Elif Shafak Q&A: “If I weren’t a writer I might be a happier person”

The author and activist talks Nicola Sturgeon, Tracey Emin, Virginia Woolf, and Lisa Simpson.

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Elif Shafak was born in 1971 in Strasbourg and is the author of 11 books. In 2006 she faced prosecution for“insulting Turkishness” with her novel “The Bastard of Istanbul”.

What’s your earliest memory?

A house in Strasbourg full of leftist students, many of them immigrants, smoking Gauloises, talking loudly, laughing. Then a train station. My parents separating. My father stayed in France, my mother and I moved to Ankara, Turkey.

Who are your heroes?

As a child, I was in love with Jo March in Little Women. She was a writer, an avid reader, and boyish to boot. I must also mention Lisa Simpson in The Simpsons

Which book last changed your thinking?

Every book that I have read has shifted something in my soul. I am now reading The Narrow Corridor by Daron Acemoglu and James A Robinson and it’s brilliant.

Which political figure do you look up to?

I have so much respect for Nicola Sturgeon. I am also interested in Mounir Baatour, president of the Tunisian Liberal Party – to be gay and liberal is not an easy combination in this part of the world.

In which time and place, other than your own, would you like to live?

I’d have loved to meet Virginia Woolf in early 20th-century Britain, Colette in France around the same time, Rumi in 13th-century Anatolia and Baruch Spinoza in 17th-century Amsterdam.

What would be your Mastermind specialist subject?

I have no expertise, only endless curiosity.

What TV show could you not live without?

I am embarrassed to say this but I don’t watch much TV. But I cannot live without music or podcasts or radio programmes.

Who would paint your portrait?

I love the works of Tracey Emin, and Olafur Eliasson and Taryn Simon are fabulous multidisciplinary artists. If I could pick a name from history it’d be Goya, who carries fascinating opposites in one soul.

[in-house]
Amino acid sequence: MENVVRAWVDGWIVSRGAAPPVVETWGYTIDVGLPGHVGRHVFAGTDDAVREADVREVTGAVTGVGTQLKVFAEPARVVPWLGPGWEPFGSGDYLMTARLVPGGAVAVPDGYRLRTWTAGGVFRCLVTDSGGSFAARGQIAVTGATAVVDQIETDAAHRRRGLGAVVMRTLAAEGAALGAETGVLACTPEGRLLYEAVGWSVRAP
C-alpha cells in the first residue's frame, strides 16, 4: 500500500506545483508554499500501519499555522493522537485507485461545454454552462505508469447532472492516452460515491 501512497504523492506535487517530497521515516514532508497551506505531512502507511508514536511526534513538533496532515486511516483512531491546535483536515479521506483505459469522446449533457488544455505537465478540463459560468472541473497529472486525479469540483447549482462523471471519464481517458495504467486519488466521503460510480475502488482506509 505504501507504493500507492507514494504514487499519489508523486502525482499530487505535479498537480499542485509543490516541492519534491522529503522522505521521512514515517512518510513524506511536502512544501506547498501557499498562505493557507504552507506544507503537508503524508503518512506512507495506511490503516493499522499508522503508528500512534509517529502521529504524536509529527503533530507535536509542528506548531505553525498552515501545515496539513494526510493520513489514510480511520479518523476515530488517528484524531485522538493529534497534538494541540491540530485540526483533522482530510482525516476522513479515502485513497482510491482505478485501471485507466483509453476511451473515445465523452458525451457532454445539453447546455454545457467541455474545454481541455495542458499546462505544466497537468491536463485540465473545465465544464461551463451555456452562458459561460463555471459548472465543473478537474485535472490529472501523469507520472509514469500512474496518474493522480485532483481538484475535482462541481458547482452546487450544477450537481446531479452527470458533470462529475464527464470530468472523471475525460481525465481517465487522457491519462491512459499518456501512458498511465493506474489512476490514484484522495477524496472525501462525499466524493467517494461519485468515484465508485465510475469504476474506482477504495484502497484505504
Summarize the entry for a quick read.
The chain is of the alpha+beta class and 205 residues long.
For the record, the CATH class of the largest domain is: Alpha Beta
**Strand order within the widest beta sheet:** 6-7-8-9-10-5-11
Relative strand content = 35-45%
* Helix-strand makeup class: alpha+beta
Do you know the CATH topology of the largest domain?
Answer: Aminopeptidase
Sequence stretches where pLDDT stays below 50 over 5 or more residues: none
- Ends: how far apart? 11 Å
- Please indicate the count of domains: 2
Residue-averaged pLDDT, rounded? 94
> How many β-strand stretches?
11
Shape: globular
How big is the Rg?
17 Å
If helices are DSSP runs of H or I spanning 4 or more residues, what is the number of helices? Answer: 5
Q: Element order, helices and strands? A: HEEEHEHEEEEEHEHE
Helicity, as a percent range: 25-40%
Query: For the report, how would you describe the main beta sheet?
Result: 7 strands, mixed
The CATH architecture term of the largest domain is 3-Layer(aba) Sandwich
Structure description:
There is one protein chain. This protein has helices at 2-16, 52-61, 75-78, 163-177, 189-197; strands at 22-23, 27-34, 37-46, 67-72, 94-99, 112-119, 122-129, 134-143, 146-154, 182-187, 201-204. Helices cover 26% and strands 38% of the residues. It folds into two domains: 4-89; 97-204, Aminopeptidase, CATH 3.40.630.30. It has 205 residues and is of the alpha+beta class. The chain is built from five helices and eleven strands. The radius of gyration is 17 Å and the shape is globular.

What’s your theme tune?

Rammstein’s “Du Hast”, which brims with energy and reminds me of Istanbul’s dynamism. It shows that good repetition, circles within circles, can be magnetic.

What’s the best piece of advice you’ve ever received?

Sometimes writers get the best advice from their characters. Since time immemorial, “Know thyself” has been a precious motto. But my character in 10 Minutes 38 Seconds in this Strange World told me that it was incomplete. It needed to be: know yourself and know an arsehole when you see one.

What’s currently bugging you?

Observing demagogues and dictators in one country encouraging demagogues and dictators in another country.

What single thing would make your life better?

What would make life better for everyone: love, justice, equality, dignity, empathy.

When were you happiest?

We are happiest when and if we can embrace ourselves – and others – with all our flaws and failures and lovable chaos.

In another life, what job might you have chosen?

If I weren’t a writer I might be a happier person. But I know that if I weren’t a writer I would do everything to become a writer.

Are we all doomed?

We are all connected – in both doom and rise, destruction and progress. This is a crucial time for global sisterhood. 

10 Minutes 38 Seconds in this Strange World” is published by Viking

This article appears in the 20 December 2019 issue of the New Statesman, Days of reckoning